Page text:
3 3 planning and operational use. The speed with which distribution system voltage can be changed is dependent only upon the speed of the SCADA communications system and the physical characteristics of the LTCs and/or regulators. Thus the system provides both dispatchable demand control i and a tool for responding to system emergencies Inland Power and Light Company The Inland Halfmoon Substation is located in a rural area north of Spokane, Washington. It feeds rural load, suburban load and a small amount of light commercial load. Figure 1 shows the general configuration of the system. There is a single transformer with four distribution feeders. The bus is regulated by three (3) single phase voltage regulators. Two of the feeders have banks of three (3) single phase mid-line voltage regulators at approximately the midpoint of the feeder. LVMs are installed at the end of each feeder and LRCCIs are installed at each mid-line voltage regulator. The communications protocol is DNP 3.0. Fiber optics are used between the SDCC and the station regulators. The LRCCIs communicate with the mid-line regulator controls via fiberoptics. Communications between the station and the LRCCIS and the LVMs is via VHF radio. The SDCC and the Core communicate via a DF1 LAN. Each feeder power monitor communicates with the Core via a remote I/O LAN. Fifteen minute interval data is archived to the central Master Control Console (MCC) at PCS UtiliData s offices for data publication and evaluation. Communications are via dial up line and a cell phone installed in the substation. Inland Power financed the project using the Bonneville Power Administration (BPA) Conservation Augmentation (ConAug) program. The ConAug program is designed to allow BPA to purchase kwh of energy reduction. Therefore measurement and verification of the system results are required by BPA. Figure 1 - Halfmoon Adaptive Voltage Control Simplified Architecture i Dispatchable Demand Control is demand control that can be dispatched by the utility system operator and can provide demand reduction within 10 minutes of the dispatch order.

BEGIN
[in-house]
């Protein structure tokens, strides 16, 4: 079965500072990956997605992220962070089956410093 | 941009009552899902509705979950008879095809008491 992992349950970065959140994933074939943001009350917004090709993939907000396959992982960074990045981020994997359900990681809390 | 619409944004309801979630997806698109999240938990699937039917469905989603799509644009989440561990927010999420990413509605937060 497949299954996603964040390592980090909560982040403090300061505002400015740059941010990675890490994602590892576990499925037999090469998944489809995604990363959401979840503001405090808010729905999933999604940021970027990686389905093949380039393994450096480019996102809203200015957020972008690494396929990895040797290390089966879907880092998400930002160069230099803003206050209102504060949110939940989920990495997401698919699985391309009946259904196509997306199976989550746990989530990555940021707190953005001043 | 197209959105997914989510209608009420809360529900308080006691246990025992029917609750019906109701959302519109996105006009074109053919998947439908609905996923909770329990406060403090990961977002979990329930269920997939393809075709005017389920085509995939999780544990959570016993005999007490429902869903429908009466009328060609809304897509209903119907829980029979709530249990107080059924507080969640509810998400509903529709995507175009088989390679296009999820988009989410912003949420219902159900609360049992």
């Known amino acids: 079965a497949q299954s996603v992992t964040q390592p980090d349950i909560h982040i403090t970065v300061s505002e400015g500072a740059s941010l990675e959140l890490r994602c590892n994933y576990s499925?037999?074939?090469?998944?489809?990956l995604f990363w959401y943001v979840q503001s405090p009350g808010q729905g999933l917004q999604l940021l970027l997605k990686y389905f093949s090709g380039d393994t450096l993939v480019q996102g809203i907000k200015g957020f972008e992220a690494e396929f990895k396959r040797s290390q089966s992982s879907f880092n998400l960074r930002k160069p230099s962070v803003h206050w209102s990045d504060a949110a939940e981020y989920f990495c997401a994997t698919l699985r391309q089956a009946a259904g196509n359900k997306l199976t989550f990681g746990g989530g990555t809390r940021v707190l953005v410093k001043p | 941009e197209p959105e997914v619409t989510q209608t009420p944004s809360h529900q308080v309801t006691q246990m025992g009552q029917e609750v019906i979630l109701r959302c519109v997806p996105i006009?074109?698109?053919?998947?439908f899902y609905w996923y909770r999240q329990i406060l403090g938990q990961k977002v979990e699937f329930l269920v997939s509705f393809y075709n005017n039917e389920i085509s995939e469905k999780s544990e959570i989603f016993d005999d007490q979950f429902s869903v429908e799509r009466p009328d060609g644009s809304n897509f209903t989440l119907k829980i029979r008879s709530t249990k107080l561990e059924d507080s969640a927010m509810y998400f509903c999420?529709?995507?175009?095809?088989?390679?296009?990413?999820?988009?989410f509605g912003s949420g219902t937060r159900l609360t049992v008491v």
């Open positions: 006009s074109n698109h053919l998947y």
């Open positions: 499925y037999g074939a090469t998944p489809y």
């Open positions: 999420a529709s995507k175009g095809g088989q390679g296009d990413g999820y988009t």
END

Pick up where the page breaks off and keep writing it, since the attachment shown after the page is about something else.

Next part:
4 Clatskanie PUD Systems At Clatskanie there are three substations with six (6) feeders, as shown in Figure 2. Each feeder has it own bank of three (3) single phase regulators. LVMs are installed at the ends of each feeder. There is one mid-line voltage regulator. Communications with the LVMs and the one LRCCI is via DNP 3.0 over UHF radio links. Clatskanie had an existing SCADA system. The SDCC units were part of the SCADA system prior to installing the remaining components of the Adaptive Voltage Control system. On one Clatskanie substation feeder, a single phase LVM unit is located on a different branch of the feeder than the the LVM that monitors voltage on the other two phases. The data from the LVM is communicated to Delena sub then to Clatskanie sub via the SCADA system communications links. Data is archived on the SCADA Master then sent to the MCC for data publication and evaluation via daily . The three systems at Clatskanie were installed as a BPA/Regional Technology Forum (RTF) demonstration project Avista Utilities System The Avista Utilities (Avista) Francis and Cedar substation has single phase regulators on each feeder. There are two main differences between this deployment and the earlier deployments. The substation is located in an urban area so the feeders are much more heavily loaded. For example, the peak load at Halfmoon is approximately 10 MW. The total peak for the three Clatskanie substations is approximately 10 MW. At Francis and Cedar the peak load on each feeder is approximately 10 MW. An additional difference is that a PC is installed in the substation to collect system performance data. This is due to the security requirement that no outside lines be connected to the station. The system at Avista is being installed as part of the Northwest Energy Efficiency Alliance s (The Alliance) Distribution System Efficiency Initiative. 3. Requirements for Deployment To date, no additional distribution regulation equipment or capacitors have been added to any of the deployments of the AdaptiVolt systems. Both Inland and Clatskanie upgraded existing regulator controls to allow for DNP 3.0 communication capability even though the systems could have operated with the older style regulator controls. At Avista no changes are planned to any equipment, nor will any regulation equipment be added to the system. Initial deployment of the system requires a survey of voltages at the end of the feeders and at critical loads. If radios are selected as the means of communications, a communications survey is needed to assure a strong communication system. With this information the system can be installed to control substation regulators, LTCs, mid-line regulators and switched capacitors. 4. Operational History 4.1. Inland Power and Light As the first deployment of this technology, the Inland system began operations in April Initial operation was delayed by the assignment of a radio frequency that was already in use at a neighboring water utility. Additionally a minor redesign of the LRCCI units was required to allow the radio modems used on the project to handle the DNP 3.0 messaging from the Cooper CL-5 regulator controls on the mid-line regulators. When the system began operating, an analysis was done to determine what if any if any changes should be made to optimize energy conservation using data the system was collecting. The data showed that lightly loaded Feeder 4, which feeds preponderantly rural loads, had a continuous leading power factor. At that time, a 50 kvar fixed capacitor bank was located on Feeder 4. Feeder 2b (that portion of Feeder 2 down-stream from the mid-line regulator) also had a 50 kvar fixed capacitor bank installed. The mid-line regulator on Feeder 2 was always operating well above the low end steps. Analysis also showed that end-of-line voltages for Feeder 1a and Feeder 3 were almost always the critical voltages that controlled the system. Based on this data, PCS UtiliData recommended that Inland consider moving the 50 kvar capacitor banks from Feeder 4 to near the end-of-line on Feeder 3 and moving the 50 kvar capacitor from Feeder 2b to Feeder 1a near the mid-line regulator. Inland decided to wait until the end of the first year of BPA performance testing to make the recommended modifications. At the end of one year of testing the results showed that the conservation being obtained was less that what